Recent Examples of hemicellulose from the Web
Trees have two types of cellulose, called cellulose and hemicellulose, neither of which can be broken down by the same enzyme.
Some lignin decomposes at around 900 degrees Celsius (~1,650 Fahrenheit), about 600 degrees higher than cellulose and hemicellulose; other lignin decomposes at temperatures below where cellulose comes apart.
Heat can travel up and down the fibers with ease, but can't easily cross them, particularly because of the air gaps left after all the woody filler (lignin and hemicellulose) was removed.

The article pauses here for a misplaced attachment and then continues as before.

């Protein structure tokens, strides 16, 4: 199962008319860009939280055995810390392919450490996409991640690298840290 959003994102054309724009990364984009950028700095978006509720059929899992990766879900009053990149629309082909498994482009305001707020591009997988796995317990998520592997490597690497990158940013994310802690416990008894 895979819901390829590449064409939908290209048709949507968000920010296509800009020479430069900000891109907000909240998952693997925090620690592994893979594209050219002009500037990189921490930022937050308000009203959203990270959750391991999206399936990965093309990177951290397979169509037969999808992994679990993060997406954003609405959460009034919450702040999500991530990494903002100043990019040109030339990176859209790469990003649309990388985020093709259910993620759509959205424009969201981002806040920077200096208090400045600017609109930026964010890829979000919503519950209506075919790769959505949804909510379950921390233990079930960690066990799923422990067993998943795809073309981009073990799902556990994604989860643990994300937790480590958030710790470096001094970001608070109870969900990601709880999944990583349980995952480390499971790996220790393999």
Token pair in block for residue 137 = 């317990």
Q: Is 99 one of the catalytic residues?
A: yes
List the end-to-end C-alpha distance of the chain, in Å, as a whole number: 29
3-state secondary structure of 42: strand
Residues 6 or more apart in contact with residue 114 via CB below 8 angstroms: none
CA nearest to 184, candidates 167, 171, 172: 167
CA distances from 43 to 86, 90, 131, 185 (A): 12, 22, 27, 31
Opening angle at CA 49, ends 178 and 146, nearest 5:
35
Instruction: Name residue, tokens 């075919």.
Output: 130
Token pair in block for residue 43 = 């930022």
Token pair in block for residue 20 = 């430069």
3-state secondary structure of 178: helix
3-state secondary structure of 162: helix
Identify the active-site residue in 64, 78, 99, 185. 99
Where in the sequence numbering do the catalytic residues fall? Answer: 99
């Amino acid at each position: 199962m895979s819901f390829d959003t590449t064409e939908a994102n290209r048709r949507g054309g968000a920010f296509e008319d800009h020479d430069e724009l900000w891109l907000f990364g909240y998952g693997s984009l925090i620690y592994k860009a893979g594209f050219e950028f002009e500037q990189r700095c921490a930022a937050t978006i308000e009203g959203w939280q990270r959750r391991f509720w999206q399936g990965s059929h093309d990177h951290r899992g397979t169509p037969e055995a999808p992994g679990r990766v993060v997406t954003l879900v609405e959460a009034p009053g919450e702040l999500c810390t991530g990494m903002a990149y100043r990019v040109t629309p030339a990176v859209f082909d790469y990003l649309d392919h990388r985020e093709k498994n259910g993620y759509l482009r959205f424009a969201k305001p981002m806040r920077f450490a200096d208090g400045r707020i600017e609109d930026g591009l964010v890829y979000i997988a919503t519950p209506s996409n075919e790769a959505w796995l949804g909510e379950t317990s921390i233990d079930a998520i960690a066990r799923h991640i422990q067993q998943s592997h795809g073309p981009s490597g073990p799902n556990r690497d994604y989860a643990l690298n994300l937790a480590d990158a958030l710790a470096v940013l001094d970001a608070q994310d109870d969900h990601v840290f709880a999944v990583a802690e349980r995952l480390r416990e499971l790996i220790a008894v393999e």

But for this project, Hu and his colleagues removed all of the lignin and most of the hemicellulose.
These two chemicals work together to partially remove lignin and hemicellulose, two polymers that make the cell walls of plants rigid.
The lignin, hemicellulose, and other polymers that give the wood structure break down to produce sweet, vanilla notes.
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Britannica.com: Encyclopedia article about hemicellulose
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